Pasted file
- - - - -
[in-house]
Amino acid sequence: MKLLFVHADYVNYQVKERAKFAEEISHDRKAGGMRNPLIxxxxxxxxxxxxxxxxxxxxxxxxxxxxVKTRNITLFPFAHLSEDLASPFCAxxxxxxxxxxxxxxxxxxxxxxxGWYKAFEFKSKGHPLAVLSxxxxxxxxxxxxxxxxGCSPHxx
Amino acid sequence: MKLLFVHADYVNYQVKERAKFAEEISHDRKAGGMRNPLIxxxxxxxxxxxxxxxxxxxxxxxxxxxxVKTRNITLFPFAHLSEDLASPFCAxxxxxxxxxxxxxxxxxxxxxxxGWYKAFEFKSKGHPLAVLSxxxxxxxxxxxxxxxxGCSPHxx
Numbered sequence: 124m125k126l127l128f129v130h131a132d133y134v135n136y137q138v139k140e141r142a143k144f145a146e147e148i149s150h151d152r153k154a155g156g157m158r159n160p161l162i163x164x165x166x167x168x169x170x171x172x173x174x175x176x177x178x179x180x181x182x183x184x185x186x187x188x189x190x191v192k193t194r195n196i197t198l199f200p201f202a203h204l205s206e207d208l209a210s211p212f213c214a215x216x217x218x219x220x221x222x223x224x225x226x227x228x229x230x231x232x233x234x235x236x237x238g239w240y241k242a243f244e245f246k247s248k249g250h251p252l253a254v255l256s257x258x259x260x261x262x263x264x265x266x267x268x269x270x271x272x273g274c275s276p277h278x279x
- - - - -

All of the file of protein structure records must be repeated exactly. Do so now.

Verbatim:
[in-house]
Amino acid sequence: MKLLFVHADYVNYQVKERAKFAEEISHDRKAGGMRNPLIxxxxxxxxxxxxxxxxxxxxxxxxxxxxVKTRNITLFPFAHLSEDLASPFCAxxxxxxxxxxxxxxxxxxxxxxxGWYKAFEFKSKGHPLAVLSxxxxxxxxxxxxxxxxGCSPHxx
Amino acid sequence: MKLLFVHADYVNYQVKERAKFAEEISHDRKAGGMRNPLIxxxxxxxxxxxxxxxxxxxxxxxxxxxxVKTRNITLFPFAHLSEDLASPFCAxxxxxxxxxxxxxxxxxxxxxxxGWYKAFEFKSKGHPLAVLSxxxxxxxxxxxxxxxxGCSPHxx
Numbered sequence: 124m125k126l127l128f129v130h131a132d133y134v135n136y137q138v139k140e141r142a143k144f145a146e147e148i149s150h151d152r153k154a155g156g157m158r159n160p161l162i163x164x165x166x167x168x169x170x171x172x173x174x175x176x177x178x179x180x181x182x183x184x185x186x187x188x189x190x191v192k193t194r195n196i197t198l199f200p201f202a203h204l205s206e207d208l209a210s211p212f213c214a215x216x217x218x219x220x221x222x223x224x225x226x227x228x229x230x231x232x233x234x235x236x237x238g239w240y241k242a243f244e245f246k247s248k249g250h251p252l253a254v255l256s257x258x259x260x261x262x263x264x265x266x267x268x269x270x271x272x273g274c275s276p277h278x279x